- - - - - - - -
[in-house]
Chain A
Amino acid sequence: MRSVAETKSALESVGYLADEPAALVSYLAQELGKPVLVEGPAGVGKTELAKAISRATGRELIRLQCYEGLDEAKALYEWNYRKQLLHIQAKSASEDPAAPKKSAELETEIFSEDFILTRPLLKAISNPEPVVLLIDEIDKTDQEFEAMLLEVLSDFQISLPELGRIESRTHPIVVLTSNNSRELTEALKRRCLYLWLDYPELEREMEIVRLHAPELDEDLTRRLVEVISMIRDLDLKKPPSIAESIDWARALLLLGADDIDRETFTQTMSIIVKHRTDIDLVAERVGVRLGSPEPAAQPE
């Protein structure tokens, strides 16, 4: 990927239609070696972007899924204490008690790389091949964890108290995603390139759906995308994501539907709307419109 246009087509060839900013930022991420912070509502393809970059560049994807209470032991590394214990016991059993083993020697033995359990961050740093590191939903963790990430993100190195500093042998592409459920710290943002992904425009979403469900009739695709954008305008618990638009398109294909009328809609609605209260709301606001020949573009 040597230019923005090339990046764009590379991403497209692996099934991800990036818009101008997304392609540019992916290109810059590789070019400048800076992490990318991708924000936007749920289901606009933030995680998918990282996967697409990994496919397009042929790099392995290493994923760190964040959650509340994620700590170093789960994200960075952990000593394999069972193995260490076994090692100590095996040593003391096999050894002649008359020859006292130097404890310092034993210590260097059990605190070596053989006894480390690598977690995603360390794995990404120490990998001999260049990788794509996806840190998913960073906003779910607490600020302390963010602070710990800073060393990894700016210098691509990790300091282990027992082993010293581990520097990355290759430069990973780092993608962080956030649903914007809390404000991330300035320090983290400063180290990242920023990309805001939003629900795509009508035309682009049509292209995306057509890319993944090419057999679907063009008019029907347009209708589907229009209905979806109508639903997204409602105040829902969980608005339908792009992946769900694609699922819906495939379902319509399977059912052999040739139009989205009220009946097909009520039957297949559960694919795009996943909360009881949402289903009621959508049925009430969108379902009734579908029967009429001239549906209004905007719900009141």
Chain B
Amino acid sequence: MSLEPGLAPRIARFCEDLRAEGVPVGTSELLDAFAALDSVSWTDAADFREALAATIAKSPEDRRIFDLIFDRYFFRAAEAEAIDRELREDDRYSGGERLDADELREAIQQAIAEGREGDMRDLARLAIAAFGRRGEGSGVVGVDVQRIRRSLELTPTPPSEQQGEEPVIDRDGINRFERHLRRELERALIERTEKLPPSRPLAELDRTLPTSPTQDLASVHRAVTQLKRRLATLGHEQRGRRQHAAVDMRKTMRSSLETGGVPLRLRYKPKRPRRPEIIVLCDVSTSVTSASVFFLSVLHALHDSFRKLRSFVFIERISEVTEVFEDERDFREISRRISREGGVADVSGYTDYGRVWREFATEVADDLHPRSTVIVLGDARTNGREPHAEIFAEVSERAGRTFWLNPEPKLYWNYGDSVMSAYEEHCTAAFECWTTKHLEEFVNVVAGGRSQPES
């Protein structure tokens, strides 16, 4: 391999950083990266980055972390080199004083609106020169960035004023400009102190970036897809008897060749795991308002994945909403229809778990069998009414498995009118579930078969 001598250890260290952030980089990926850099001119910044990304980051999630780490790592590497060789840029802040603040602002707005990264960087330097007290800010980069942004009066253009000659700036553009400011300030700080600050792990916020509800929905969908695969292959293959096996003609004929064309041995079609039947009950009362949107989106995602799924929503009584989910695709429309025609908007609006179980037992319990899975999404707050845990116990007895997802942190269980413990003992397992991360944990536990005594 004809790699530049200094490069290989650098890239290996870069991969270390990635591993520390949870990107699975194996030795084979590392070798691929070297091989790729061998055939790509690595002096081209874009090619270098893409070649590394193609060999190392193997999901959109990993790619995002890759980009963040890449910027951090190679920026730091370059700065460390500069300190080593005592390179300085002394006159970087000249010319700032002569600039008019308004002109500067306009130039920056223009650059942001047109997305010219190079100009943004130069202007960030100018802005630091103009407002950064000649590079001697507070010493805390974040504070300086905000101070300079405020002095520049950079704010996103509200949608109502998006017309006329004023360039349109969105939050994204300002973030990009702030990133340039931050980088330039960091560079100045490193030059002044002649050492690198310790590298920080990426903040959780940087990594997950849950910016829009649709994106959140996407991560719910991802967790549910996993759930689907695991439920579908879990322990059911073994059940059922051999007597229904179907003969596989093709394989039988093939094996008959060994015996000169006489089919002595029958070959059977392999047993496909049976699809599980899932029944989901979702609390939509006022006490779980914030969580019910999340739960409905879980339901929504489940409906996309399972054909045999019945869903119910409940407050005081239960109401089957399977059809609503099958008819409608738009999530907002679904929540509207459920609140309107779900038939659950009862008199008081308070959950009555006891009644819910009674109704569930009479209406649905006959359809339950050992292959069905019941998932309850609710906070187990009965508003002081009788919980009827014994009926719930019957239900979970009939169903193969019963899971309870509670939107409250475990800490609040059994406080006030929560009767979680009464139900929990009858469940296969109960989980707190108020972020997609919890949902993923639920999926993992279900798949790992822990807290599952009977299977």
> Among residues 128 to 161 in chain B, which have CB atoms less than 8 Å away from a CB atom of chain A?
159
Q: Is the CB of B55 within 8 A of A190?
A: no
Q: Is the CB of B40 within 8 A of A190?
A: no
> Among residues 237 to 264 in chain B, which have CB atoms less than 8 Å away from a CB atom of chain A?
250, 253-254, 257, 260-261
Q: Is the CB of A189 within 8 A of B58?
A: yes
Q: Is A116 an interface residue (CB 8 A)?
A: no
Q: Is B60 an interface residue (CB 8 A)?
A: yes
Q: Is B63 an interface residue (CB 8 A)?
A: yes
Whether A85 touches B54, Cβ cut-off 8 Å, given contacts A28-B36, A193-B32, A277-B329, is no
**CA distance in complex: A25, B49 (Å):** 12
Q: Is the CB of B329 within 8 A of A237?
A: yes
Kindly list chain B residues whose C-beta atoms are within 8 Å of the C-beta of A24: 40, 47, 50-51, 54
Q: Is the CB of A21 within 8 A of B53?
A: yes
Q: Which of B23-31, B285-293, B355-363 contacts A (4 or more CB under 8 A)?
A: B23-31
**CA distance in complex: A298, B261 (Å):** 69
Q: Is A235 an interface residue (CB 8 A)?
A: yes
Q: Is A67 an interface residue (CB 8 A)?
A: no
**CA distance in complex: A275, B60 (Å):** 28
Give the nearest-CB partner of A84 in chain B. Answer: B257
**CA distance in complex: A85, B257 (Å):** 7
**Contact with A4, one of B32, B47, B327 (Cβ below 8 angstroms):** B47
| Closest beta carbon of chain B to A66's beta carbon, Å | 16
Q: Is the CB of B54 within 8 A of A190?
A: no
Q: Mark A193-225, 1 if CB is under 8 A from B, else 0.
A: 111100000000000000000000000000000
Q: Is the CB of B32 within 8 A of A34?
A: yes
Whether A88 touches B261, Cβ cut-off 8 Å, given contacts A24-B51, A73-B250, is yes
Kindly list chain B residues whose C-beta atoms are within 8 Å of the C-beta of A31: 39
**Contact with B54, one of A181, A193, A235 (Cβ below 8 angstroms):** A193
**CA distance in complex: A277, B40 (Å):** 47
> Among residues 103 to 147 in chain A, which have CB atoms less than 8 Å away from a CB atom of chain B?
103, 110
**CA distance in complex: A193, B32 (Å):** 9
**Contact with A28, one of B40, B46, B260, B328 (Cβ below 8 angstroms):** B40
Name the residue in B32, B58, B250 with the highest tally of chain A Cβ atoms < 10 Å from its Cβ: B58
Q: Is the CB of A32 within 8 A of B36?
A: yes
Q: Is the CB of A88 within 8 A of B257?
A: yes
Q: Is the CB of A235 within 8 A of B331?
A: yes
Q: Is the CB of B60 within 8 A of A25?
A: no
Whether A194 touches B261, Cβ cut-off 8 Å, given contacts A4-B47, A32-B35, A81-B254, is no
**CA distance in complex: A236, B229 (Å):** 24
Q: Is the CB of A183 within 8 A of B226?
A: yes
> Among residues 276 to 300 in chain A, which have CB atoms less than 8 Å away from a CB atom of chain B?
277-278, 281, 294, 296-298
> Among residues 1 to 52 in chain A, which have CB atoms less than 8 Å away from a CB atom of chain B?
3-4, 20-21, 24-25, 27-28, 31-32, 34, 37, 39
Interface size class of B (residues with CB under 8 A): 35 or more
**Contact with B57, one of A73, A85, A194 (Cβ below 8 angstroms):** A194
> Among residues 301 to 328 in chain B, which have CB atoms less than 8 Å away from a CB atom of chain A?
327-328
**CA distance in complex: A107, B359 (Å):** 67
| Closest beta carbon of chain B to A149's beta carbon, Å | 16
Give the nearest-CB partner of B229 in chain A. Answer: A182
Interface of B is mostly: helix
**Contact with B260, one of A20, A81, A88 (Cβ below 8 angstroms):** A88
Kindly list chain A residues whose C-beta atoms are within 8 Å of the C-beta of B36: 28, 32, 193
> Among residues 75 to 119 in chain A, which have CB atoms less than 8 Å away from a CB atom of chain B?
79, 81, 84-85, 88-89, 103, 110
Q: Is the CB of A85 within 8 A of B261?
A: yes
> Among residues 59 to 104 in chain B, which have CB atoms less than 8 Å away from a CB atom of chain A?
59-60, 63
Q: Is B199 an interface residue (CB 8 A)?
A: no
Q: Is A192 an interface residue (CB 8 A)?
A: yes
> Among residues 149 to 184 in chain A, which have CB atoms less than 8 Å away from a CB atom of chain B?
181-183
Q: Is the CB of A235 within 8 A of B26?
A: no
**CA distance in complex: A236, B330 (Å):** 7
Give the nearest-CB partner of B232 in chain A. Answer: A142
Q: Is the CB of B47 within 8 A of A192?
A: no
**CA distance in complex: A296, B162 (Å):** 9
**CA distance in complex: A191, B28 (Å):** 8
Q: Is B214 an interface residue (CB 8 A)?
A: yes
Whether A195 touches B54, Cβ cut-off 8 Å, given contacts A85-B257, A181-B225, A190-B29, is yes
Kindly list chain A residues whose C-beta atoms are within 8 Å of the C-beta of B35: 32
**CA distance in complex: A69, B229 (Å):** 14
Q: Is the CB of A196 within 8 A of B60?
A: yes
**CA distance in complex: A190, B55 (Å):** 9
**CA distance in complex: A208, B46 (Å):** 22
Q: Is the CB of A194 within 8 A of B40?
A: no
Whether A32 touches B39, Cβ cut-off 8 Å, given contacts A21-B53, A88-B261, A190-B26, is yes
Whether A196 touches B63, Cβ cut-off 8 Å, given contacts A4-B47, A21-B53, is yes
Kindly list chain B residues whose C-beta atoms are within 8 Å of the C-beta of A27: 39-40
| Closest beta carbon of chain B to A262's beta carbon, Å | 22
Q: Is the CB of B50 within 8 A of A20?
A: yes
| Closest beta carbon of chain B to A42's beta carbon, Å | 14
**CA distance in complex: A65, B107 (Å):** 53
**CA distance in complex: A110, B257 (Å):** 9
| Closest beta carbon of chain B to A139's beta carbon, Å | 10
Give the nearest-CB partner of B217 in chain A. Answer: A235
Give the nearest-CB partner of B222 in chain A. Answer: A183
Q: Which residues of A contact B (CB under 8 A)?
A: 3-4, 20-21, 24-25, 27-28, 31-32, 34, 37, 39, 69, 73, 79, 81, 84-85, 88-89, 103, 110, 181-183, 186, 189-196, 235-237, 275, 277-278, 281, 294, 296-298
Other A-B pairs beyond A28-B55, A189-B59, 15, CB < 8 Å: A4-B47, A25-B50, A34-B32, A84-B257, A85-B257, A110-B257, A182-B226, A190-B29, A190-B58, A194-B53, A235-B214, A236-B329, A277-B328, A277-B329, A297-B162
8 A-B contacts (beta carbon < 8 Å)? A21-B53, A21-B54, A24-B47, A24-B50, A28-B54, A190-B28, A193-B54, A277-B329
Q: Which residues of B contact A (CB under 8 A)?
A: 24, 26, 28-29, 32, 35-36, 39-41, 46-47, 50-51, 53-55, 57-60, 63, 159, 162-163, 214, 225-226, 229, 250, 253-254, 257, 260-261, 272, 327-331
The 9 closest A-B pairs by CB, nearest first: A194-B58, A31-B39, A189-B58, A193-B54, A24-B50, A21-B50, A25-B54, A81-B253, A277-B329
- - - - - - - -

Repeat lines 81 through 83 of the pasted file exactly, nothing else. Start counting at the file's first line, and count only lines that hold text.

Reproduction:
Interface of B is mostly: helix
**Contact with B260, one of A20, A81, A88 (Cβ below 8 angstroms):** A88
Kindly list chain A residues whose C-beta atoms are within 8 Å of the C-beta of B36: 28, 32, 193